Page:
Incomplete accounts filed to avoid penalty
The Auditor-General issued a qualified audit opinion to the Government for 2017-18 after she ruled there was insufficient evidence for $10.3 million of capital development expenditure.
Heather Thomas's decision was revealed as Curtis Dickinson, the finance minister, tabled the financial report for the Consolidated Fund for the last fiscal year in the House of Assembly.
Mr Dickinson told MPs he had decided it was “prudent” to accept a qualified report rather than submit the full accounts for audit late, which would have led to penalties under the reporting covenant in the Government's private placement agreements with its creditors.
Mr Dickinson said the reporting schedule had also been delayed by employers' errors in payroll tax submissions, which had to be manually validated by the Tax Commissioner's office.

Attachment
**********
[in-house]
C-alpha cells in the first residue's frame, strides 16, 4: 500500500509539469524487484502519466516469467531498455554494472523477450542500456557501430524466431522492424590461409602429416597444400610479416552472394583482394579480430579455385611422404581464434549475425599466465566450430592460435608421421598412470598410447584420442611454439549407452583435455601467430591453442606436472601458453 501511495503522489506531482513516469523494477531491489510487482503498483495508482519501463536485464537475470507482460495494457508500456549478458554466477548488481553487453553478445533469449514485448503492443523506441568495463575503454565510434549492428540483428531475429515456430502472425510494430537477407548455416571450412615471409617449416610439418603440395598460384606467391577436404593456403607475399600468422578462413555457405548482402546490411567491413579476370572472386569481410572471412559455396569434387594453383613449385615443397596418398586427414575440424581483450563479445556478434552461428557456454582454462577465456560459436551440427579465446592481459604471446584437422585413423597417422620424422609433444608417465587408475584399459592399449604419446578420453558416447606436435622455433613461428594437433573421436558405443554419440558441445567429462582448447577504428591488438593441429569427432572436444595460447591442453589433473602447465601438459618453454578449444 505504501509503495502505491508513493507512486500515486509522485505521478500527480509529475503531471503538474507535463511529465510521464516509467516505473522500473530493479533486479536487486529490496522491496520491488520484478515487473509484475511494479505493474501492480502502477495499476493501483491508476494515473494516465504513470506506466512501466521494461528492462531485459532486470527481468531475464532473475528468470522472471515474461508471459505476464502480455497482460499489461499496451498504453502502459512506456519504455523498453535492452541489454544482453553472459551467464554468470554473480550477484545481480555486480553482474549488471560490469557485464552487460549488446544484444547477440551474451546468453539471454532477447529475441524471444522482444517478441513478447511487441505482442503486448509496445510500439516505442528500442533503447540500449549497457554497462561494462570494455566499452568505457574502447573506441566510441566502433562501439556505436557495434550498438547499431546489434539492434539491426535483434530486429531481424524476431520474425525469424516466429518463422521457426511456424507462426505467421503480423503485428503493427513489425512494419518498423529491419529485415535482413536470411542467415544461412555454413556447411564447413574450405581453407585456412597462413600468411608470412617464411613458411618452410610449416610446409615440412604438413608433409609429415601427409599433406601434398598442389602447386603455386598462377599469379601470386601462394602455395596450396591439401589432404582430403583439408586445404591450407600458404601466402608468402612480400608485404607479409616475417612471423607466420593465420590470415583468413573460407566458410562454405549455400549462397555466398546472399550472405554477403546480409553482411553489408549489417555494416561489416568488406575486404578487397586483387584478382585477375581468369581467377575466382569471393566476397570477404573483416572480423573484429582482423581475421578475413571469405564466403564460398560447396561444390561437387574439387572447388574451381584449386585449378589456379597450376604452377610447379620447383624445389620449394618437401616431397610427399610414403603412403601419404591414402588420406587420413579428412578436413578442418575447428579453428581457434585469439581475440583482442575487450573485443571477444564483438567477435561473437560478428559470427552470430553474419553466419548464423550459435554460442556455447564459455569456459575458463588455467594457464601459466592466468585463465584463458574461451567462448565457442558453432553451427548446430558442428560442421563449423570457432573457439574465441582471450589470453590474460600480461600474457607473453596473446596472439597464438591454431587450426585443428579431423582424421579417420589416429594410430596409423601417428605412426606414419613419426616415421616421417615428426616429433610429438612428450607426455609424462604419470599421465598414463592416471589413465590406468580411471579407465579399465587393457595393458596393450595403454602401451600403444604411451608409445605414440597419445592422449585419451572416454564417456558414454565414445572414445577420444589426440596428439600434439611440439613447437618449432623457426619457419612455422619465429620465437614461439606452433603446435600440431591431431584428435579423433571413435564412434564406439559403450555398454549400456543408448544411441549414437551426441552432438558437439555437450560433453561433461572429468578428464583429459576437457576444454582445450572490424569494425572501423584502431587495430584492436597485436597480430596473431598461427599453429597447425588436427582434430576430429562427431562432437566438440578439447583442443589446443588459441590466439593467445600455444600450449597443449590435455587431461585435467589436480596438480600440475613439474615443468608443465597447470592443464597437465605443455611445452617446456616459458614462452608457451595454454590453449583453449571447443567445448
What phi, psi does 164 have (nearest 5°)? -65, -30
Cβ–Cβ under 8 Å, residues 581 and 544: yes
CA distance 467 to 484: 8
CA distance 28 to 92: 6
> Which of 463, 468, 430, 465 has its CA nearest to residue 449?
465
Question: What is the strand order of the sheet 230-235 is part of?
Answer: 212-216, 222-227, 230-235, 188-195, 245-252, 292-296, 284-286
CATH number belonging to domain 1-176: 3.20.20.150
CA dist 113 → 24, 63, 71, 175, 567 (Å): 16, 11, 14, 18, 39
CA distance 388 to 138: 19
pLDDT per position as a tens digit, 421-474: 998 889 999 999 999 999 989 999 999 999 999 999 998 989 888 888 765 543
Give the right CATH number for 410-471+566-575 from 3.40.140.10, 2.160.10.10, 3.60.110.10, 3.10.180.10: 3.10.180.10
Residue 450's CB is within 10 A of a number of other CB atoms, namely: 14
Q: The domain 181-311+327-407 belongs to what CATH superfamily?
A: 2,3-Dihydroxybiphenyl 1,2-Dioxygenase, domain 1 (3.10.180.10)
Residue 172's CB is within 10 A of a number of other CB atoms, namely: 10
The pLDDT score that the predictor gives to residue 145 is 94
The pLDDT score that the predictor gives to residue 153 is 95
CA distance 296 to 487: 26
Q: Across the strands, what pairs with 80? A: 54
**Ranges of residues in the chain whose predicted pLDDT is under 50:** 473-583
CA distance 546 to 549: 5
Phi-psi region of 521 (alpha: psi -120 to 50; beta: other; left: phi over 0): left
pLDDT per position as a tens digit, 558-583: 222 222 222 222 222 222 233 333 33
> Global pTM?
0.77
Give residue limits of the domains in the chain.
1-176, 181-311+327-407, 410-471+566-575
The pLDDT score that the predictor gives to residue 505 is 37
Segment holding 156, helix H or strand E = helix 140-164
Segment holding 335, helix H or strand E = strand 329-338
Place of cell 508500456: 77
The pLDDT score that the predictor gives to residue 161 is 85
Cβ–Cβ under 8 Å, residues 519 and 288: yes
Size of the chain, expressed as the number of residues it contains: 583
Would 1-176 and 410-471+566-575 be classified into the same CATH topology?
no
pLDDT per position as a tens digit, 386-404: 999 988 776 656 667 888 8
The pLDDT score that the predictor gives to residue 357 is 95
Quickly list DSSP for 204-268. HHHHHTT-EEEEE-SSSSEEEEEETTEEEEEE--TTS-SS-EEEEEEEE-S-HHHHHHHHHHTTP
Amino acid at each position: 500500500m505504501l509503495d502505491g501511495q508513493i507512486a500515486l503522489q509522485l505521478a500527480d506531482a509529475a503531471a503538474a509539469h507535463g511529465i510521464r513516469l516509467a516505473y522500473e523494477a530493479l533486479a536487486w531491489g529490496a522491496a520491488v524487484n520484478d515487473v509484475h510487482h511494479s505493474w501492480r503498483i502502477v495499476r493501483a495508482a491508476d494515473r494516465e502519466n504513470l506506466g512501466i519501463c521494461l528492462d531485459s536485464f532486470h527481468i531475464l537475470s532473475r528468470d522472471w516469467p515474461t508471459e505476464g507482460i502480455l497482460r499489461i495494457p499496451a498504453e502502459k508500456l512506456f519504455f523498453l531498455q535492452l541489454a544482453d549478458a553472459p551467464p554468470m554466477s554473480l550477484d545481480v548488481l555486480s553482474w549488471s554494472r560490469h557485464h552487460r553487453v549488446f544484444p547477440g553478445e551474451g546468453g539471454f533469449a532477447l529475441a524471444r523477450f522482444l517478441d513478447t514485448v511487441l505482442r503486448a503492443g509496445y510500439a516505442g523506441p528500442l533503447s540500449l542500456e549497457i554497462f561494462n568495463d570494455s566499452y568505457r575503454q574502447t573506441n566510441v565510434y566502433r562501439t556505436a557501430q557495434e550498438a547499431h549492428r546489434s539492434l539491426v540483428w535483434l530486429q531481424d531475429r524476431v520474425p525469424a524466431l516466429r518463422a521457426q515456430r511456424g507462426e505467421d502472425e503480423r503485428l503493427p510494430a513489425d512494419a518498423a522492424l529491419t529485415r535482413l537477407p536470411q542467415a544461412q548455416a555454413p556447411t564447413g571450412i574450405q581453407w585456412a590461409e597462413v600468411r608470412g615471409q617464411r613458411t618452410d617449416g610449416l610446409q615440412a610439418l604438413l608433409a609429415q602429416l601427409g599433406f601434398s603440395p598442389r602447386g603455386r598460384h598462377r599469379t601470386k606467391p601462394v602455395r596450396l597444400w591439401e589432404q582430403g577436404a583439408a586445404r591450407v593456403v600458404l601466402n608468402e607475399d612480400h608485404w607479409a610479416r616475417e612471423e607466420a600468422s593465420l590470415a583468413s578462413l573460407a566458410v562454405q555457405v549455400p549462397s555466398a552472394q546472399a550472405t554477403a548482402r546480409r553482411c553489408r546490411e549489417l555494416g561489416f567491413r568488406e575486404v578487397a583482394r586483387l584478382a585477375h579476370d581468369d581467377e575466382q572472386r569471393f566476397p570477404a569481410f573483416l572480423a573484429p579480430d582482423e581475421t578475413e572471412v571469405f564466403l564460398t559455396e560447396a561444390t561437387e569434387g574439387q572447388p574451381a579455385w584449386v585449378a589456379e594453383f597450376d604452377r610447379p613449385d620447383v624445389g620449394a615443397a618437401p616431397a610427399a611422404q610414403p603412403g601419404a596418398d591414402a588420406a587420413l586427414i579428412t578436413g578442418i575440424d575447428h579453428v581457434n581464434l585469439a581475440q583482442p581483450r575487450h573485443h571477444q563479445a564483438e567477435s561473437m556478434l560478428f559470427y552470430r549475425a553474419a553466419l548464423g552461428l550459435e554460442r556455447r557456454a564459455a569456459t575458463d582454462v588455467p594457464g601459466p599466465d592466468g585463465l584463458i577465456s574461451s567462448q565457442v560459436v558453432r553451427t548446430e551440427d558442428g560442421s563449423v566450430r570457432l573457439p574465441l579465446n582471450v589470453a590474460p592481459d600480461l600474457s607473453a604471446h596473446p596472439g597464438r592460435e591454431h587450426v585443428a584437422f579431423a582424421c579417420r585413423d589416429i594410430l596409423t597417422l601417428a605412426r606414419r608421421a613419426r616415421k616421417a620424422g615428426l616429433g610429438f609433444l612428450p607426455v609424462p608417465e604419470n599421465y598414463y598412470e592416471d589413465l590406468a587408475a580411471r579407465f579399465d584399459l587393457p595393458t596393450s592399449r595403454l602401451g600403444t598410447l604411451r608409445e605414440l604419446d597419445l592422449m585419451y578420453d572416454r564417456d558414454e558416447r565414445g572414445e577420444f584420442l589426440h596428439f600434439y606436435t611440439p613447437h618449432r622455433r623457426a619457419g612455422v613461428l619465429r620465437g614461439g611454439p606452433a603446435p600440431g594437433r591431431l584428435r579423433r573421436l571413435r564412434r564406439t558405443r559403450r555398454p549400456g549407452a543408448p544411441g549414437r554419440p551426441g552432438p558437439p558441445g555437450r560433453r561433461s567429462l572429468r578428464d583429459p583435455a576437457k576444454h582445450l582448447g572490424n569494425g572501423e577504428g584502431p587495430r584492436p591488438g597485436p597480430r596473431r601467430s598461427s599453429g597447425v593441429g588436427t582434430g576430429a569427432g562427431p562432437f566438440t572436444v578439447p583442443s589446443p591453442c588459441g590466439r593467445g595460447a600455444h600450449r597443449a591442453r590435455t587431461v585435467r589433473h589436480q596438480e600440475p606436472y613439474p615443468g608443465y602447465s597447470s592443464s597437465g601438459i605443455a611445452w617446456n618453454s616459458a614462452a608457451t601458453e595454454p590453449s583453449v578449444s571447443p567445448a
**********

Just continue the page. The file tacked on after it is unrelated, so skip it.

He added he was “disappointed”, but the penalty for late reporting in the financial year ended in 2016 had been $640,000 and $410,000 for 2015.
Mr Dickinson said he could not guarantee there would be no delays in the future. But he added: “We're doing the best we can to make sure that we do not get another qualified opinion.”
A qualified audit means that the Auditor-General is not satisfied the Government's financial statements reflected its actual financial position.
The Consolidated Fund represents the Government's general operating fund for most transactions. Mr Dickinson said the capital expenditures qualification was linked to amounts reported for “assets under construction”.
Lieutenant-Colonel David Burch, the Minister of Public Works, told MPs the $10.3 million that could not be verified mostly involved roadworks.
He added that details of the unaccounted-for expenditure had been submitted late, but they were with the Auditor-General.